The 1802 Draped Bust Half Cent is popular amongst modern day collectors for a number of different reasons. For one, the 1802 edition of the Half Cent represents one of the first years a new design was utilized. Beyond that, the coin is of massive historical significance and is a must-have for any serious collector.
On the coin’s obverse side, the central imagery is that of Lady Liberty. The image of Lady Liberty is incredibly detailed and even the curls in her hair are discernable on pieces that have been well-preserved. The coin is referred to as the Draped Bust Half Cent because there is literally a draping covering the bust of the pictured woman. Above her head the word “Liberty” is inscribed, while the 1802 year of minting can be found towards the bottom of the obverse. It must be mentioned that on the very outer edges of both sides of the coin you will find raised notches which give the piece just a bit of added texture.
On the reverse side of the Draped Bust Half Cent, the center is marked by an inscription that reads the “Half Cent” face value. Surrounding this is a wreath that is tied together by a bow, and beneath the bow is an inscription reading “1/200”—or the coin’s value relative to a whole dollar. Around the outside of the wreath is one final inscription, this one reading “United States of America.”
For collectors, the fact that the 1802 Draped Bust Half Cent is so old is something that is a bit unnerving. The reason this is so is due to the fact that there are so many counterfeits on the market nowadays. As a means of protecting themselves against counterfeits, collectors will only purchase those coins that have been graded and certified as being authentic. Below, you will find an outline of the different coin grades as well as what those grades mean.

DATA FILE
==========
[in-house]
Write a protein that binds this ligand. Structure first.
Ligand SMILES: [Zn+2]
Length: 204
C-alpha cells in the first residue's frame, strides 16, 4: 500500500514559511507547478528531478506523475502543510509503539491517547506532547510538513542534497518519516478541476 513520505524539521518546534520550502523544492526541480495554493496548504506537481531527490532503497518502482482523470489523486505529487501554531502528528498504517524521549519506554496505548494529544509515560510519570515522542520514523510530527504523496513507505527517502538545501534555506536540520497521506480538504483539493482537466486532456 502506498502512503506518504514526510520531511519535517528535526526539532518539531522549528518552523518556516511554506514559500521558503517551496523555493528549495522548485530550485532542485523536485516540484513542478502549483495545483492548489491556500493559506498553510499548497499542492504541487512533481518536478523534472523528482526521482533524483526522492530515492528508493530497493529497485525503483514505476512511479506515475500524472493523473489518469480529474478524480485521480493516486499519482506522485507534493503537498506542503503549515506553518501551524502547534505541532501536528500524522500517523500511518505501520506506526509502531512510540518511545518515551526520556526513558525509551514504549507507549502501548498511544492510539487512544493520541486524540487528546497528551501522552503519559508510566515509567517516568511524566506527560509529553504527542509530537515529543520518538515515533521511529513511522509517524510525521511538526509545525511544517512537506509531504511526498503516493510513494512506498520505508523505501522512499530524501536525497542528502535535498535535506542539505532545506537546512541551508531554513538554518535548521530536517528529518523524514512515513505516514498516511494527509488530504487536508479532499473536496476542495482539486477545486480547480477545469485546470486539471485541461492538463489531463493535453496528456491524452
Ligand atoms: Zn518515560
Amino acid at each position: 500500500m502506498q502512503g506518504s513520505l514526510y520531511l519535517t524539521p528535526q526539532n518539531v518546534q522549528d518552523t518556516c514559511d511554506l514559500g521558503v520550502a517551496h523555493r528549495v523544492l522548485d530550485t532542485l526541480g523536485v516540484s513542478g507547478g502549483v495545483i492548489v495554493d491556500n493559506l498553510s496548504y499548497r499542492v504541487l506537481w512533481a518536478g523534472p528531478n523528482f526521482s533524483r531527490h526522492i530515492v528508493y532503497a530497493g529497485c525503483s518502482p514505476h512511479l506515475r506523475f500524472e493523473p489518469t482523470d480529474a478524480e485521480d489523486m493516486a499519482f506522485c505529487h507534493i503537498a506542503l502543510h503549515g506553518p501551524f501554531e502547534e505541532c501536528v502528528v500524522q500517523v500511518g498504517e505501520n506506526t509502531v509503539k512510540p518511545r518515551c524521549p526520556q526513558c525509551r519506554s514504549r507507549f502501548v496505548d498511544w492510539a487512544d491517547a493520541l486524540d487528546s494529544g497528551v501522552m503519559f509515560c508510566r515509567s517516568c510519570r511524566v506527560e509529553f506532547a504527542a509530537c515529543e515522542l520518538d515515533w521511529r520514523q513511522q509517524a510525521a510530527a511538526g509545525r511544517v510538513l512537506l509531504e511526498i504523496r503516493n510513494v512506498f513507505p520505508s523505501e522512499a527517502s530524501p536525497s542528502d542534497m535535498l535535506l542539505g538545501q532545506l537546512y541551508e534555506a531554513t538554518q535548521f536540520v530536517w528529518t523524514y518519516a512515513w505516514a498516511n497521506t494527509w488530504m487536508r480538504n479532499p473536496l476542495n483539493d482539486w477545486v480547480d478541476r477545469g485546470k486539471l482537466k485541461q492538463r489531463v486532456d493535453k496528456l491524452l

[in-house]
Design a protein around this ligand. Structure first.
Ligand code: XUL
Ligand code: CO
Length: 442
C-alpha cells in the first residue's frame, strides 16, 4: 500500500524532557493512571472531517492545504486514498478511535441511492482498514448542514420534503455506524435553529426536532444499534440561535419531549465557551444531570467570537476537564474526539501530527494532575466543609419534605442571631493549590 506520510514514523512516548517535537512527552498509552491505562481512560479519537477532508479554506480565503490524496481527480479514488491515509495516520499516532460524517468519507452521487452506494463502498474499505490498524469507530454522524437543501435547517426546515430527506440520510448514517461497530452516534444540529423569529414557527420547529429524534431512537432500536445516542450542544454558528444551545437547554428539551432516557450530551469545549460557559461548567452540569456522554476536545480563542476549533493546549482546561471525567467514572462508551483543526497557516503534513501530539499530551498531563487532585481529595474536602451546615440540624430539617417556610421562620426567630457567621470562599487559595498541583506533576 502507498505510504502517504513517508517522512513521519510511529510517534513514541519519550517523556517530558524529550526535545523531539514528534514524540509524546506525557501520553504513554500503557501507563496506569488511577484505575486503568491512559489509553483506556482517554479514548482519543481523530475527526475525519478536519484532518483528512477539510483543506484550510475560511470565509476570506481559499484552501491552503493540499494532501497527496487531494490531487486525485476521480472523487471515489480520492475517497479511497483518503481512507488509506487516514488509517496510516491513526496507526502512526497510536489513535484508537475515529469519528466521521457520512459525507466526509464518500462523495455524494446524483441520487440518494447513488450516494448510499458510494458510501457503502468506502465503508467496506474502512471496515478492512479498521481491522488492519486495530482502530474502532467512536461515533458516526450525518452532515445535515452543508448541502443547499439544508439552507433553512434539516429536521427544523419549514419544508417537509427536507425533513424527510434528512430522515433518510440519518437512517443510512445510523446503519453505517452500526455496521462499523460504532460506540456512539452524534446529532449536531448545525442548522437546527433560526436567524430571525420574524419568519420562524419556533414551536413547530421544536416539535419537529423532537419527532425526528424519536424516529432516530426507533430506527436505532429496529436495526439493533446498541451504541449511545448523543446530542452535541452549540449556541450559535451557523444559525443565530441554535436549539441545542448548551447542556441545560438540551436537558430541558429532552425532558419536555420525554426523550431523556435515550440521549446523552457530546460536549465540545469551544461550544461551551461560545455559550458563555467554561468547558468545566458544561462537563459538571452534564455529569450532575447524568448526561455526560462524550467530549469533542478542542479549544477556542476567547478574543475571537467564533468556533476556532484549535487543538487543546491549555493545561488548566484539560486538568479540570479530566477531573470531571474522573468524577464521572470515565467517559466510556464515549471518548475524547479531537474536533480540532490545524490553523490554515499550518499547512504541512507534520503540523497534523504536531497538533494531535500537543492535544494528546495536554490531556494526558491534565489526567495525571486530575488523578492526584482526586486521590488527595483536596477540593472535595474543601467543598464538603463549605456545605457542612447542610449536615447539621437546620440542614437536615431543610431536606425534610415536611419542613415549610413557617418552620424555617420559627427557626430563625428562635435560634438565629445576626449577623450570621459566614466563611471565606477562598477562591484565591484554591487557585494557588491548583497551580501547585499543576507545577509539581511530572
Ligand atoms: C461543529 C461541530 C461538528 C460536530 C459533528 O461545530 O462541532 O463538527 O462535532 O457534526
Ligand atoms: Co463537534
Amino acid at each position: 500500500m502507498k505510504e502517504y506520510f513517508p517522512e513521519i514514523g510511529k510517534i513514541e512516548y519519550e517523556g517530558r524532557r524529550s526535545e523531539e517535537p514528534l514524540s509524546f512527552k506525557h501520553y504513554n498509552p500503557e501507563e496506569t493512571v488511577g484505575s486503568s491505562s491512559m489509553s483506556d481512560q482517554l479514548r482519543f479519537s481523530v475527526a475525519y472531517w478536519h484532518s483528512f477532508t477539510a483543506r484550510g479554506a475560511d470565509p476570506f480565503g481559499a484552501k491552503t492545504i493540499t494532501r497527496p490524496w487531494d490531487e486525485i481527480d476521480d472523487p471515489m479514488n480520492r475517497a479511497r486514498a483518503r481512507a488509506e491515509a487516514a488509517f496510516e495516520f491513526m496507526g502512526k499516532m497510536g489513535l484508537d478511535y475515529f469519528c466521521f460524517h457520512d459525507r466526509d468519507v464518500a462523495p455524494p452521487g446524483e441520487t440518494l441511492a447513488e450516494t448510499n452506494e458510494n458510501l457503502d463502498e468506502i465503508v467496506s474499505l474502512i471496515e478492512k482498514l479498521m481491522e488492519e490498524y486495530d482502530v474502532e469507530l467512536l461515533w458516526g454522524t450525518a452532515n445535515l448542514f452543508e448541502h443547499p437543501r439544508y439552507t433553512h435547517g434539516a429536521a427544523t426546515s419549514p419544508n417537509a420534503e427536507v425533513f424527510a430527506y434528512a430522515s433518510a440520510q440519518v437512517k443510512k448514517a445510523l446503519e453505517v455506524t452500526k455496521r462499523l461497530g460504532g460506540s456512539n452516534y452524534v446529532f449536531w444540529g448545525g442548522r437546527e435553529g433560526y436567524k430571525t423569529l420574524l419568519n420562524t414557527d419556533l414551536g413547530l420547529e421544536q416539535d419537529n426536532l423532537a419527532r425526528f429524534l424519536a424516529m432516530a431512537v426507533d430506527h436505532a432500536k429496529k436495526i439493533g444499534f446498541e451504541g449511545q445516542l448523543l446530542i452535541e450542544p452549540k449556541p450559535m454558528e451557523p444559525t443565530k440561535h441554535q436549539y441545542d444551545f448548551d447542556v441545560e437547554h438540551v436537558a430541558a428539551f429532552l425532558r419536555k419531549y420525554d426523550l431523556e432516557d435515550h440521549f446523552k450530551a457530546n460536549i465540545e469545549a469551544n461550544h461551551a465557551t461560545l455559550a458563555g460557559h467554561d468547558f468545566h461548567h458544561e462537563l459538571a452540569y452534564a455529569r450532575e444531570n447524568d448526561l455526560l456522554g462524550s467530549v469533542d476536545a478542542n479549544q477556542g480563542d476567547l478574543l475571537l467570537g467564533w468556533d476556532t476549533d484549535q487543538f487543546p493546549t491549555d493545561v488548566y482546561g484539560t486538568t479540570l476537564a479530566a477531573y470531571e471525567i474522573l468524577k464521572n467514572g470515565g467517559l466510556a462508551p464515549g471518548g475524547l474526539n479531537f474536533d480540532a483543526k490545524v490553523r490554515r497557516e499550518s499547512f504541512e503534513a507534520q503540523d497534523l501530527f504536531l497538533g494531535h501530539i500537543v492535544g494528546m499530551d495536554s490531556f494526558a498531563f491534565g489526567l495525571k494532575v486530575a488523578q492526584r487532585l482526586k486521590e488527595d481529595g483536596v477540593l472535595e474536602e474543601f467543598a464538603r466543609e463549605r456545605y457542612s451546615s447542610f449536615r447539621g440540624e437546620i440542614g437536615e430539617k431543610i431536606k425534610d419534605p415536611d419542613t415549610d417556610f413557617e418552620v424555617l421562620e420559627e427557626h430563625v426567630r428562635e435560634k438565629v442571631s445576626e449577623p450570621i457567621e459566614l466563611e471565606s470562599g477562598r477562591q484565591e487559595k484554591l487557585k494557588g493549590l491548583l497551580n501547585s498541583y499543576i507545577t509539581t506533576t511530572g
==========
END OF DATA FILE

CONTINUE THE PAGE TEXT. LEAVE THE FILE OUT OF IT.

Uncirculated: If an 1802 Draped Bust Half Cent is determined to be of Uncirculated grade, this means that the coin never exchanged hands. Rather, from the day these pieces were minted they were put into safekeeping and kept there. As such, their condition can best be described as flawless.
Extremely Fine: If a coin is the recipient of an Extremely Fine grade, this means that the piece might have a few minor flaws but looks to be in good shape for the most part. By looking closely you will be able to notice a few minor scratches and/or chips, but nothing major.
Fine: Fine is the grade given to coins that have been heavily circulated, but not so heavily damaged. You will notice consistent light scratching across the faces, but none of the surface imagery will have been compromised.
Good: Good is the lowest grade a coin can receive and is indicative of a piece that has definitely seen its better days. You will notice things such as deep scratching and smoothing. In fact, some of the smoothing will be so severe that some of the surface imagery and lettering might be worn away.
In terms of determining a price for the Draped Bust Half Cent, this is something that can first and foremost be done by viewing the condition of the coin and its associated grade. Naturally, it goes without saying that the more well-preserved a coin is, the higher the price is going to be. Below, we have a chart aimed at giving you a better idea of what to expect to pay for a graded 1802 Draped Bust Half Cent.
|1802 Liberty Cap||$750||$4,000||$12,500||$25,000||Source: Red Book|